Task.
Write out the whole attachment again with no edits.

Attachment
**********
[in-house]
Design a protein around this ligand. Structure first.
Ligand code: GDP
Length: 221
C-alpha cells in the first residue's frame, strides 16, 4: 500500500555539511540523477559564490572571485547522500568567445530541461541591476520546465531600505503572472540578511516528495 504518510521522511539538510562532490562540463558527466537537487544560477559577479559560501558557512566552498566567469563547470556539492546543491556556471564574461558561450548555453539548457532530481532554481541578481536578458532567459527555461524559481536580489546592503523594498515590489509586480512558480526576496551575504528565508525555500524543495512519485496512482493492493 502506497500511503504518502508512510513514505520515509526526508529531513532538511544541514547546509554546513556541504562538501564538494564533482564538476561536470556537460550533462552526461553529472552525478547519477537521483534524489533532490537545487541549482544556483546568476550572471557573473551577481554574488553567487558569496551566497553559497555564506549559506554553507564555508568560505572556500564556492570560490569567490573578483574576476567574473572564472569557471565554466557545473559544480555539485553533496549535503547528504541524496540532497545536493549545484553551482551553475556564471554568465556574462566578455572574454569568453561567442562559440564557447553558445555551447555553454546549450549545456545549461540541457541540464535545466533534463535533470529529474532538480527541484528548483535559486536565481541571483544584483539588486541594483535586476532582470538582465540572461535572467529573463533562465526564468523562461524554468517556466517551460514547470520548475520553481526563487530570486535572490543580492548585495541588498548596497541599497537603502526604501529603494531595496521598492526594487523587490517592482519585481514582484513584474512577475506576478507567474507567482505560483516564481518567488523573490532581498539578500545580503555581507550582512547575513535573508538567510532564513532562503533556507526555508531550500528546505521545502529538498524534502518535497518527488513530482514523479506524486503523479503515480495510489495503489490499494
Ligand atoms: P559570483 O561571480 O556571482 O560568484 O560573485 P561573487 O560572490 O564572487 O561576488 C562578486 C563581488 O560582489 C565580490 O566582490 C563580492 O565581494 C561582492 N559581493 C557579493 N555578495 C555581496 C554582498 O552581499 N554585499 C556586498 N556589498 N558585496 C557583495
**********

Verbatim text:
[in-house]
Design a protein around this ligand. Structure first.
Ligand code: GDP
Length: 221
C-alpha cells in the first residue's frame, strides 16, 4: 500500500555539511540523477559564490572571485547522500568567445530541461541591476520546465531600505503572472540578511516528495 504518510521522511539538510562532490562540463558527466537537487544560477559577479559560501558557512566552498566567469563547470556539492546543491556556471564574461558561450548555453539548457532530481532554481541578481536578458532567459527555461524559481536580489546592503523594498515590489509586480512558480526576496551575504528565508525555500524543495512519485496512482493492493 502506497500511503504518502508512510513514505520515509526526508529531513532538511544541514547546509554546513556541504562538501564538494564533482564538476561536470556537460550533462552526461553529472552525478547519477537521483534524489533532490537545487541549482544556483546568476550572471557573473551577481554574488553567487558569496551566497553559497555564506549559506554553507564555508568560505572556500564556492570560490569567490573578483574576476567574473572564472569557471565554466557545473559544480555539485553533496549535503547528504541524496540532497545536493549545484553551482551553475556564471554568465556574462566578455572574454569568453561567442562559440564557447553558445555551447555553454546549450549545456545549461540541457541540464535545466533534463535533470529529474532538480527541484528548483535559486536565481541571483544584483539588486541594483535586476532582470538582465540572461535572467529573463533562465526564468523562461524554468517556466517551460514547470520548475520553481526563487530570486535572490543580492548585495541588498548596497541599497537603502526604501529603494531595496521598492526594487523587490517592482519585481514582484513584474512577475506576478507567474507567482505560483516564481518567488523573490532581498539578500545580503555581507550582512547575513535573508538567510532564513532562503533556507526555508531550500528546505521545502529538498524534502518535497518527488513530482514523479506524486503523479503515480495510489495503489490499494
Ligand atoms: P559570483 O561571480 O556571482 O560568484 O560573485 P561573487 O560572490 O564572487 O561576488 C562578486 C563581488 O560582489 C565580490 O566582490 C563580492 O565581494 C561582492 N559581493 C557579493 N555578495 C555581496 C554582498 O552581499 N554585499 C556586498 N556589498 N558585496 C557583495